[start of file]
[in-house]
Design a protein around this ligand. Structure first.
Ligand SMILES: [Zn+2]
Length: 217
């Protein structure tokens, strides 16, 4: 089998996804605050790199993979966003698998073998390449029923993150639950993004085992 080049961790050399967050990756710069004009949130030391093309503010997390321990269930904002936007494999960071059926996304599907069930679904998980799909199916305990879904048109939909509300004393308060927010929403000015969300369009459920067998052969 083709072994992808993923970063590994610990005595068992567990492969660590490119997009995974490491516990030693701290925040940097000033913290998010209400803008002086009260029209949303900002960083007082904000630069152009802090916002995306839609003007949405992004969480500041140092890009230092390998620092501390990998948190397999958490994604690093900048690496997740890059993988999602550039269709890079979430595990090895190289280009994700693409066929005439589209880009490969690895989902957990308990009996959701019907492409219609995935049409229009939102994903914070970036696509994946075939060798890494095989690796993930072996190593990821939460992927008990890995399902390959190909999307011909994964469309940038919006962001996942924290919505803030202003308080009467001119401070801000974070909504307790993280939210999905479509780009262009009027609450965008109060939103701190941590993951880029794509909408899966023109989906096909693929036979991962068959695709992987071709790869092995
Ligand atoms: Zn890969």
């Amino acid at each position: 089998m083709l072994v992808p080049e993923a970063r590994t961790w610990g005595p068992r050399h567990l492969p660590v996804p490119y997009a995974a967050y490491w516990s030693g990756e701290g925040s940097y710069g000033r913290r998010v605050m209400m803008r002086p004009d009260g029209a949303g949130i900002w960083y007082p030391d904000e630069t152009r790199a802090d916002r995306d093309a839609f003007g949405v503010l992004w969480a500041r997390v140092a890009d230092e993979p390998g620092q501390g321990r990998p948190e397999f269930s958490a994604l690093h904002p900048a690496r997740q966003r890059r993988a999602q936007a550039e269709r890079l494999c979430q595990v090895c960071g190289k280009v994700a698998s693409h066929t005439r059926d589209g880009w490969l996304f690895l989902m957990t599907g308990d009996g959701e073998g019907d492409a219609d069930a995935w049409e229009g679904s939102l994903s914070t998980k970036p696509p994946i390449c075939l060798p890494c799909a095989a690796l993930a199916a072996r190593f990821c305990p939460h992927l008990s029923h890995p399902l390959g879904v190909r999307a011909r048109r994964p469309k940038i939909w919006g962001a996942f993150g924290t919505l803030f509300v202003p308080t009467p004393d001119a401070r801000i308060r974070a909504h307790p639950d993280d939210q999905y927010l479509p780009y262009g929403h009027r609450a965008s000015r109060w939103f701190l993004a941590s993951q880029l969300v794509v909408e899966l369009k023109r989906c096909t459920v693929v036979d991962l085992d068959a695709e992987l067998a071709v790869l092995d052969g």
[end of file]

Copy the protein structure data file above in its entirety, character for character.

[in-house]
Design a protein around this ligand. Structure first.
Ligand SMILES: [Zn+2]
Length: 217
């Protein structure tokens, strides 16, 4: 089998996804605050790199993979966003698998073998390449029923993150639950993004085992 080049961790050399967050990756710069004009949130030391093309503010997390321990269930904002936007494999960071059926996304599907069930679904998980799909199916305990879904048109939909509300004393308060927010929403000015969300369009459920067998052969 083709072994992808993923970063590994610990005595068992567990492969660590490119997009995974490491516990030693701290925040940097000033913290998010209400803008002086009260029209949303900002960083007082904000630069152009802090916002995306839609003007949405992004969480500041140092890009230092390998620092501390990998948190397999958490994604690093900048690496997740890059993988999602550039269709890079979430595990090895190289280009994700693409066929005439589209880009490969690895989902957990308990009996959701019907492409219609995935049409229009939102994903914070970036696509994946075939060798890494095989690796993930072996190593990821939460992927008990890995399902390959190909999307011909994964469309940038919006962001996942924290919505803030202003308080009467001119401070801000974070909504307790993280939210999905479509780009262009009027609450965008109060939103701190941590993951880029794509909408899966023109989906096909693929036979991962068959695709992987071709790869092995
Ligand atoms: Zn890969």
């Amino acid at each position: 089998m083709l072994v992808p080049e993923a970063r590994t961790w610990g005595p068992r050399h567990l492969p660590v996804p490119y997009a995974a967050y490491w516990s030693g990756e701290g925040s940097y710069g000033r913290r998010v605050m209400m803008r002086p004009d009260g029209a949303g949130i900002w960083y007082p030391d904000e630069t152009r790199a802090d916002r995306d093309a839609f003007g949405v503010l992004w969480a500041r997390v140092a890009d230092e993979p390998g620092q501390g321990r990998p948190e397999f269930s958490a994604l690093h904002p900048a690496r997740q966003r890059r993988a999602q936007a550039e269709r890079l494999c979430q595990v090895c960071g190289k280009v994700a698998s693409h066929t005439r059926d589209g880009w490969l996304f690895l989902m957990t599907g308990d009996g959701e073998g019907d492409a219609d069930a995935w049409e229009g679904s939102l994903s914070t998980k970036p696509p994946i390449c075939l060798p890494c799909a095989a690796l993930a199916a072996r190593f990821c305990p939460h992927l008990s029923h890995p399902l390959g879904v190909r999307a011909r048109r994964p469309k940038i939909w919006g962001a996942f993150g924290t919505l803030f509300v202003p308080t009467p004393d001119a401070r801000i308060r974070a909504h307790p639950d993280d939210q999905y927010l479509p780009y262009g929403h009027r609450a965008s000015r109060w939103f701190l993004a941590s993951q880029l969300v794509v909408e899966l369009k023109r989906c096909t459920v693929v036979d991962l085992d068959a695709e992987l067998a071709v790869l092995d052969g």